There was a distinct feeling of excitement this week for local high school athletes and coaches as the fall sports season got under way with the first day of practices Monday.
Gone were the masks, social distancing and other measures that were put in place last year due to the coronavirus pandemic. Instead it was largely back to normal for prep athletes participating in football, soccer, volleyball and cross country.
“It feels good. We’re getting closer,” said Thurston athletic director Justin Starck, who also coaches the school’s football team. “We still have to do contact tracing and things like that, but for the most part things feel normal.”
Oregon Gov. Kate Brown’s executive order mandates that masks be worn in all indoor settings to help battle the COVID-19 Delta variant, but it makes an exception for individuals who are “practicing or playing a competitive sport at any level.” That means outdoor sports are free to play and practice as they have in the past; indoor sports, such as volleyball, will be able to compete without masks but athletes will need to wear face coverings while sitting on the bench or not directly competing.
Starck noted that all high school athletes will be subject to the mask mandate while they are in locker rooms, weight rooms or other indoor facilities, or when they are traveling together by bus to away contests. Spectators will need to wear face coverings while indoors but not at outdoor contests, and there are currently no plans to restrict capacity at sporting events this fall, meaning there should once again be full stands cheering for local prep athletes.
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“The kids are excited for a regular season, to play a full season and have fans back this fall,” said Starck, whose team won back-to-back Class 5A state championships in 2018 and 2019. “I think we’re going to be OK. We’ve got some good kids out and we’ve got a really big senior class.”
North Eugene girls soccer coach Brandy Wormdahl has seen the excitement firsthand as her program drew one of its biggest turnouts ever. The Highlanders played an abbreviated season in the spring, but her players are hungry to play a full schedule this fall after advancing to the 5A state semifinals in 2019 and the quarterfinals the year before.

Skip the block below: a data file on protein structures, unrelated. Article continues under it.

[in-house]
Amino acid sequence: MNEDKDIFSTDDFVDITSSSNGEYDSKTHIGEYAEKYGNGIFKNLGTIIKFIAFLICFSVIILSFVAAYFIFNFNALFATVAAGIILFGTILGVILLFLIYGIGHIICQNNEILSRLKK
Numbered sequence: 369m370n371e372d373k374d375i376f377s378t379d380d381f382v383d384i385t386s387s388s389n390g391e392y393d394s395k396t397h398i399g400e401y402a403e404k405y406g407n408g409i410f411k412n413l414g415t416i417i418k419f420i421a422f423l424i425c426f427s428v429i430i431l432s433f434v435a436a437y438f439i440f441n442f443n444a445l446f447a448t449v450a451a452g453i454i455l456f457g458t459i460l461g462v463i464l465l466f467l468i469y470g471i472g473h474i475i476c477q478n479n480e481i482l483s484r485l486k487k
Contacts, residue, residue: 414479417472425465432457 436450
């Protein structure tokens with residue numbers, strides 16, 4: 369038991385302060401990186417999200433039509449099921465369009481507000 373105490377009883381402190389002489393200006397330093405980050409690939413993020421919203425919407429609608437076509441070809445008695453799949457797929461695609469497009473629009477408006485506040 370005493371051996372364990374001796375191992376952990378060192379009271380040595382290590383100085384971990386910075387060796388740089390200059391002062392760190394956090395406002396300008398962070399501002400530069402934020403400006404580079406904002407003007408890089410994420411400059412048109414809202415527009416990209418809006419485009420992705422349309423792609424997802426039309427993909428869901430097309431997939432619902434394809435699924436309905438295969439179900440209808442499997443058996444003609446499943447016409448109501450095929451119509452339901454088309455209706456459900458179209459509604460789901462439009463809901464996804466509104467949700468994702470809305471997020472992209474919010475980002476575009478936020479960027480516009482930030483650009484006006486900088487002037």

“I have one of the biggest groups I’ve ever had,” Wormdahl said. “I’m not sure if it’s because of COVID, but I have 35 girls out this year. It’s been awesome so far. It’s nice to feel a little bit normal.
“There are no restrictions and things are pretty much back to normal for now. But as you know, things can change week to week.”
Wormdahl said one of the most enjoyable parts of practice has been seeing the smiles on her players’ faces again.
“I’m excited and the kids are too,” she said. “It’s funny to see the kids’ faces again since last year they were all masked. I’m like, ‘Oh, that’s what you look like!’ I haven’t seen their faces in so long.”
Over at Willamette, boys soccer coach Jason Burke brings back a veteran group that went 9-0-1 during the abbreviated spring season.
So far, the team’s practices have gone smoothly and players are excited for what is shaping up to be a mostly normal campaign. The Wolverines went through maskless practices all week in anticipation of a successful fall season.
“We are a soccer powerhouse in the region,” Willamette athletic director Thomas Armstrong said. “Our boys were the only undefeated soccer team in 5A last spring and we are really excited about this season. Jason Burke is … a great guy and leader, very well known and respected in the area.”
Sheldon volleyball coach Martine Wodke has faced a few more challenges than her outdoor coaching peers, but she said numbers are still up in the program and enthusiasm is high among her athletes.
“We’ve had great turnout,” she said. “I’ve talked with some other high school coaches and everybody has a lot of players this year. We’ve got the highest numbers we’ve had in a while.”
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The Irish went 9-1 during the spring, but without playoffs or a state tournament the season lacked a sense of finality.
“We lost some wonderful seniors and I’m very sad that they didn’t get to compete at state,” Wodke said. “But our younger players have continued growing and I’m very excited about this season.”
Wodke said that 4J school district policy only allows athletes to remove their face coverings indoors if they are fully vaccinated, so the team’s practices still have a bit of a 2020 feel. That rule may evolve as the school year goes on, but for now the Irish are still masking up.
“My understanding of the rule is that they’re saying if you’re on the vaccinated list, that’s when you can remove your mask,” she said. “So we still have a lot of players wearing masks.”